Suburban Chicago Family of Indians' Jason Kipnis, Diehard Cubs Fans, ‘Lost Sleep' Over World Series Matchup

“The 10-year-old boy in me is saying, ‘Why does it have to be the Cubs,’” the Indians second baseman said of learning he would be battling his favorite team in the World Series

Like many young baseball fans growing up in Chicago’s suburbs, Jason Kipnis dreamed of playing in the World Series at Wrigley Field.

It was a lifelong dream he finally got the chance to live out this week. But the difference was, in his childhood dreams he wore a Chicago Cubs jersey.

Growing up just a half hour drive from Wrigley Field, rooting for the Cubs was all the Northbrook native had ever known. That is until he joined the Cleveland Indians.

“I’m experiencing something not many people get to experience by playing in a World Series at home,” the 29-year-old said.

Now the players and fans who are still wearing the jerseys of his home team are one loss away from heartbreak and, in part, they have Kipnis to thank.

“I’m trying not to overthink things,” he said. “I’m trying not to worry about allegiances or who’s rooting for who. I got a job to do and that’s between the lines. That’s kind of my safety zone, where I can just go and not worry about any other distractions.”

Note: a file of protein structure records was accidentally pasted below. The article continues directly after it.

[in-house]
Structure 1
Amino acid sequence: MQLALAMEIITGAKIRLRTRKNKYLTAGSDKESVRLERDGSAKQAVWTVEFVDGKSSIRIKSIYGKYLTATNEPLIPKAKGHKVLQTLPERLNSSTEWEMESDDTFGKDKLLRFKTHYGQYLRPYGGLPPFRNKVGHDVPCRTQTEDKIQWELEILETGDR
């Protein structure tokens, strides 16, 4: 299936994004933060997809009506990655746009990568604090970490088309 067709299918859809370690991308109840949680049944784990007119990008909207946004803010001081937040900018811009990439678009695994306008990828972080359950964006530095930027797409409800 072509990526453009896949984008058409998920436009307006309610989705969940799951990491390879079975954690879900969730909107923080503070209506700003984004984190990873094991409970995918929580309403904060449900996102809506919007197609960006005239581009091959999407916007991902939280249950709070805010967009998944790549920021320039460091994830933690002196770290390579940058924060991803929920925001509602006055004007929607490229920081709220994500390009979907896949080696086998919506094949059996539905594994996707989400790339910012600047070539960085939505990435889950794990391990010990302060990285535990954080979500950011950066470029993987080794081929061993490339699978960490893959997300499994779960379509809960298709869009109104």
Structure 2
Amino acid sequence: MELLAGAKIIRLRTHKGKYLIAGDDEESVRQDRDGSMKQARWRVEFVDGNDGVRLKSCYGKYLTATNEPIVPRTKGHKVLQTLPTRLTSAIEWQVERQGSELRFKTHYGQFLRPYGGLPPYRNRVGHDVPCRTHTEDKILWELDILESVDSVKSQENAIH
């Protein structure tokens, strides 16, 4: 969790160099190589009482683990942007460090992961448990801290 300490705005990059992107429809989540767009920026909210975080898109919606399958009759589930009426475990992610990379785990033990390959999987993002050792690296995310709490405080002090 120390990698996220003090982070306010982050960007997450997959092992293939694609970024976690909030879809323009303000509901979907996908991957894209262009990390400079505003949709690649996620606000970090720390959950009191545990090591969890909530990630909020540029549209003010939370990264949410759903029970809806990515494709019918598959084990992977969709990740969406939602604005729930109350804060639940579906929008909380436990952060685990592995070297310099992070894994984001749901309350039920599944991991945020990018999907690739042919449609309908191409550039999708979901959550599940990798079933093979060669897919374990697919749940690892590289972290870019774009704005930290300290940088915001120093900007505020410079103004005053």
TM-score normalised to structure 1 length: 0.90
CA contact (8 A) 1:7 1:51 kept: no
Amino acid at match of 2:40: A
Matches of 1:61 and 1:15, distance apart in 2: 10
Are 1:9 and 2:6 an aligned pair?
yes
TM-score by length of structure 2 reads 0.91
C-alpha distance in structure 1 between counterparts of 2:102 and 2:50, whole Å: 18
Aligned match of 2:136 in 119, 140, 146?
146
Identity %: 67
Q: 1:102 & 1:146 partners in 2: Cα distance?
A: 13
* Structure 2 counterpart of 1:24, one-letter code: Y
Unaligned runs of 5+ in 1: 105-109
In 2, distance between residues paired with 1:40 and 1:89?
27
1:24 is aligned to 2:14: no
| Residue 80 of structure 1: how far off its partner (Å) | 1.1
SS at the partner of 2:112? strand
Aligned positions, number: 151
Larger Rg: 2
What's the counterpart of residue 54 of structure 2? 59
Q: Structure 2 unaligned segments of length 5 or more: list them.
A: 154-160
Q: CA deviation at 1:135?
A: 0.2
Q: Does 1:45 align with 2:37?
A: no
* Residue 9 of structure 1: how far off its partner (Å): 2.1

The distraction isn’t as easily avoided for Kipnis’s two brothers, Blair and Todd.

“We were admittedly a little bit conflicted as their playoff paths started pointed towards each other,” Blair Kipnis said.

All three brothers had always been Cubs fans.

“I’ve lost sleep over it,” Todd Kipnis said. “I’m not going to lie.”

But this week family is taking precedence over fandom.

“I was at a Wrigley Field bar when they clinched against the Dodgers, cheering along with all my friends” Blair Kipnis said. “And I said to all of them, ‘It was fun being a Cubs fan this year, but this was my last night doing it.’”

It’s a World Series run that has at times been challenging for the tight-knit Kipnis clan.

“The Cubs are built for a dynasty these next few years, all their players are young” said Todd Kipnis, shaking his head. “Let the Tribe win this one, let the Cubs win the next five.”

Although his hometown may be cheering against him, Jason Kipnis says it’s his family’s loyalty that means everything. 

“Seeing them in red and seeing them behind home plate, it calms me down,” he said. “My close friends and family haven’t let me worry about for a second who they’re rooting for, and that’s been special to me.”

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